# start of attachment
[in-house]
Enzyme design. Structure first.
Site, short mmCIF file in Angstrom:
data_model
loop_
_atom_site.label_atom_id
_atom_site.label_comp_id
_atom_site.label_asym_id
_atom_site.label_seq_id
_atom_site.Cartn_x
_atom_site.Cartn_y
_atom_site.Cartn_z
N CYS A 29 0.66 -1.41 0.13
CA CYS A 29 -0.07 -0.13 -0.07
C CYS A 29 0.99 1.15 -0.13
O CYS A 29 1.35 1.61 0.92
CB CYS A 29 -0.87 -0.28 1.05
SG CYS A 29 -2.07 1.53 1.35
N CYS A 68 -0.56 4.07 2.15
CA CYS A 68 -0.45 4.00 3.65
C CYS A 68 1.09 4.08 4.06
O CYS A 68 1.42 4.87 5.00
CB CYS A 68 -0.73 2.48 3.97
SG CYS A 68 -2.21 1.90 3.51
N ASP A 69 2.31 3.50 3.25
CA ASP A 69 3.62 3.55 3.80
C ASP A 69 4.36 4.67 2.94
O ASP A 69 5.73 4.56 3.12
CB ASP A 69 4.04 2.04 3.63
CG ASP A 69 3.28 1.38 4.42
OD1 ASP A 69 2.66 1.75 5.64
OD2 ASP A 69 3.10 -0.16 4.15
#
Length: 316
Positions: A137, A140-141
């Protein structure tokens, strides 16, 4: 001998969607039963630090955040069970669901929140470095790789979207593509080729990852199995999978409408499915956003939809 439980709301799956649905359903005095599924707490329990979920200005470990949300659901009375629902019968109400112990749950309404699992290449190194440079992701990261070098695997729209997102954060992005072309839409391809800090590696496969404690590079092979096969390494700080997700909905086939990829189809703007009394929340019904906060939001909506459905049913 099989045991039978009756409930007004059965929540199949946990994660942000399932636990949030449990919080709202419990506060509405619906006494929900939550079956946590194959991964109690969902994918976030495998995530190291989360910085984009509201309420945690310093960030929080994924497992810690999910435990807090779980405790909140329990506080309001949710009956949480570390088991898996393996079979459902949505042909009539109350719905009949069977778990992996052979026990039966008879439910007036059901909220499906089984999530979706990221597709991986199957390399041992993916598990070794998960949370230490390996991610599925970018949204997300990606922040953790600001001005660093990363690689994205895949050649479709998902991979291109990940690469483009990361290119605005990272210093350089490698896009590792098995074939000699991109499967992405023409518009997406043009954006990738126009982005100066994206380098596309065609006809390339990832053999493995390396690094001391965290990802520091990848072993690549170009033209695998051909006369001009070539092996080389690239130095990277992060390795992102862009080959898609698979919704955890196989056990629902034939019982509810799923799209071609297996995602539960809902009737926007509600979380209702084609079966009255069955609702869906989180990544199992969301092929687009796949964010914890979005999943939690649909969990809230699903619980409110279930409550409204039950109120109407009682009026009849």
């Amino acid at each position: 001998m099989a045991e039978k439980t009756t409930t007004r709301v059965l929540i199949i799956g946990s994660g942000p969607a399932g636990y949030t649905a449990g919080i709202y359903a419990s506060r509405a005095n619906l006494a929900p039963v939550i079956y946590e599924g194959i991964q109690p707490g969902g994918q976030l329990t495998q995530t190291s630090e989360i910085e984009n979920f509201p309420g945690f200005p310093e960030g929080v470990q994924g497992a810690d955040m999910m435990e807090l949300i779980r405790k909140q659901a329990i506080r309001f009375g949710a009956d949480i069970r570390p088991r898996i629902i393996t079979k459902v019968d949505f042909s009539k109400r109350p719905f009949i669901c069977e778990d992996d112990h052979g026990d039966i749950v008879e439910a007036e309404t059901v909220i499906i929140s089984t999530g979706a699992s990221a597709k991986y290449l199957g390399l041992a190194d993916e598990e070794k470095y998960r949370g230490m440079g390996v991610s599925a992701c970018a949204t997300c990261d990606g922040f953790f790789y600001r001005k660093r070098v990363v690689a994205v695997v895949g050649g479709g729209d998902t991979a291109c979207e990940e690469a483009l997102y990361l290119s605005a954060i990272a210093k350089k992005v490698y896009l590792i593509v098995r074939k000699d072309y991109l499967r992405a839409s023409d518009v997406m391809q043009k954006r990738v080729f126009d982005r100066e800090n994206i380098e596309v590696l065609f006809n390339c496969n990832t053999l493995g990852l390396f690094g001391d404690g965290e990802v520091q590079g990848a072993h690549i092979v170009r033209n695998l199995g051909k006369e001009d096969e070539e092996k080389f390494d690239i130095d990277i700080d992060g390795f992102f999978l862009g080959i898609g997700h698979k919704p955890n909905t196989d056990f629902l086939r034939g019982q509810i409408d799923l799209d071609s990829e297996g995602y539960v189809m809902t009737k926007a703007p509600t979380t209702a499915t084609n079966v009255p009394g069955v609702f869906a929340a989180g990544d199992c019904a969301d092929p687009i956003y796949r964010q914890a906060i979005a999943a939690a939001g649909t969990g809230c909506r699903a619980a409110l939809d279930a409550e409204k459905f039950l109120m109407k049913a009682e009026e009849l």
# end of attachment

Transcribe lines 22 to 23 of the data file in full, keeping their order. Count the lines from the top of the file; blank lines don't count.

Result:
O CYS A 68 1.42 4.87 5.00
CB CYS A 68 -0.73 2.48 3.97